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Bariatric Surgery May Reverse Diabetes Complications for People with Obesity

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For more than 100 million Americans who are obese, bariatric surgery may reverse complications related to diabetes, including regenerating damaged nerves, a Michigan Medicine study shows.

A research team led by the University of Michigan Health Department of Neurology followed more than 120 patients who underwent bariatric surgery for obesity over two years after the procedure. They found that all metabolic risk factors for developing diabetes, such as high glucose and lipid levels, improved outside of blood pressure and total cholesterol, according to findings published in Diabetologia.

Researchers also found that patients two years removed from bariatric surgery showed improvements in peripheral neuropathy, a condition marked by damage to the nerves that go from the spinal cord all the way to the hands and feet.

“Our findings suggest that bariatric surgery likely enables the regeneration of the peripheral nerves and, therefore, may be an effective treatment for millions of individuals with obesity who are at risk of developing diabetes and peripheral neuropathy,” said senior author Brian C. Callaghan, MD, a neurologist at the University of Michigan Health and the Eva L. Feldman, MD, professor of neurology at U-M Medical School.

Obesity is the second leading risk factor for peripheral neuropathy after diabetes, which affects more than 30 million Americans.

Researchers assessed two primary measures for peripheral neuropathy in patients with obesity by taking skin biopsies that show the nerve fibre density in the thigh and the leg. Two years after bariatric surgery, nerve fibre density improved in the thigh and remained stable in the leg.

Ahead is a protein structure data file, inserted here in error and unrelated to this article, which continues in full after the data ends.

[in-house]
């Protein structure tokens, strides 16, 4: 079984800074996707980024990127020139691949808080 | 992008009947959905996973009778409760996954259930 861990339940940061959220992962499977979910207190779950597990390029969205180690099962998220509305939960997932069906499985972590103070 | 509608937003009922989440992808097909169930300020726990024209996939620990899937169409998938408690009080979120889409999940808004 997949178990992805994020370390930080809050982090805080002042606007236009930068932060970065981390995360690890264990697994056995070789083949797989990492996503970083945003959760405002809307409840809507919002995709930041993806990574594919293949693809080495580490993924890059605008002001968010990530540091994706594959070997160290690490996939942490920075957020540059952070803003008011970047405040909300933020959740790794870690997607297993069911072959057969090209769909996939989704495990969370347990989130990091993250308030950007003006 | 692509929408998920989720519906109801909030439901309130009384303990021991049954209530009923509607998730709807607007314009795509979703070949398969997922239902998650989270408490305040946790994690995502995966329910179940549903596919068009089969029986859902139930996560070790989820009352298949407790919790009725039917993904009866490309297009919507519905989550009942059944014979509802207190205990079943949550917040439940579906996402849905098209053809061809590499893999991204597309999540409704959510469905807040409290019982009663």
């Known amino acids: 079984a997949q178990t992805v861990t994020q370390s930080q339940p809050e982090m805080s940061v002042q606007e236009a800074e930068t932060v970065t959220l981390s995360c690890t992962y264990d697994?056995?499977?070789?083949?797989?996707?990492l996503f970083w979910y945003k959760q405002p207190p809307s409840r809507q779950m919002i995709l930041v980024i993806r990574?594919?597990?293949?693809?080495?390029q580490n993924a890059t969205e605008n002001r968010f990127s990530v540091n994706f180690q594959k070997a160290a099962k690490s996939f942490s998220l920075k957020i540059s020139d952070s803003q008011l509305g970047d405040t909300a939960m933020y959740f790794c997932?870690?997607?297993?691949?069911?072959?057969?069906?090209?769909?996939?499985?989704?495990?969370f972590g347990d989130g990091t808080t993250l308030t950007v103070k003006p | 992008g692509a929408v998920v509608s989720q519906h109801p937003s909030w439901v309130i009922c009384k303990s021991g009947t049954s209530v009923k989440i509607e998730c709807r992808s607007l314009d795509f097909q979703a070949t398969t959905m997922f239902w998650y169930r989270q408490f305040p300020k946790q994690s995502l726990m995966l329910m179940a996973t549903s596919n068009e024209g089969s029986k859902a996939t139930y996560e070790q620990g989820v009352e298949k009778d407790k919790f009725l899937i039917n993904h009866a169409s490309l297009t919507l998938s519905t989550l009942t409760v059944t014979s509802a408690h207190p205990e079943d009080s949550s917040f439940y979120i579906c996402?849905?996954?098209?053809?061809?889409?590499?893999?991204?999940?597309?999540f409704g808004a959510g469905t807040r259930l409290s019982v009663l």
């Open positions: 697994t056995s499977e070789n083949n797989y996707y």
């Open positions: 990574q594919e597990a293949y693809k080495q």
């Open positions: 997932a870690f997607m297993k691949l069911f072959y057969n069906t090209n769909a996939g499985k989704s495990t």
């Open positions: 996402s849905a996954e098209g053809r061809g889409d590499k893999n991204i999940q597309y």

Compared to previous studies of medical weight loss, when providers guide a patient’s weight loss goals, bariatric surgery led to better metabolic improvements and even greater improvements in peripheral neuropathy.

“Given the natural history of peripheral neuropathy decline in patients with obesity, even stability in nerve fibre density may be considered a successful result,” said first author Evan Reynolds, PhD, lead statistician for the NeuroNetwork for Emerging Therapies at Michigan Medicine. “Therefore, our findings of stability of nerve fibre density in the leg and improvement in nerve fibre density at the thigh indicate that bariatric surgery may be a successful therapy to improve or reverse peripheral neuropathy for patients with long-term metabolic impairment.”

Treatment for peripheral neuropathy currently focuses on pain, including oral medications such as gabapentin and sodium channel blockers, topical analgesics and non-medical treatments, like exercise and cognitive behavioural therapy.

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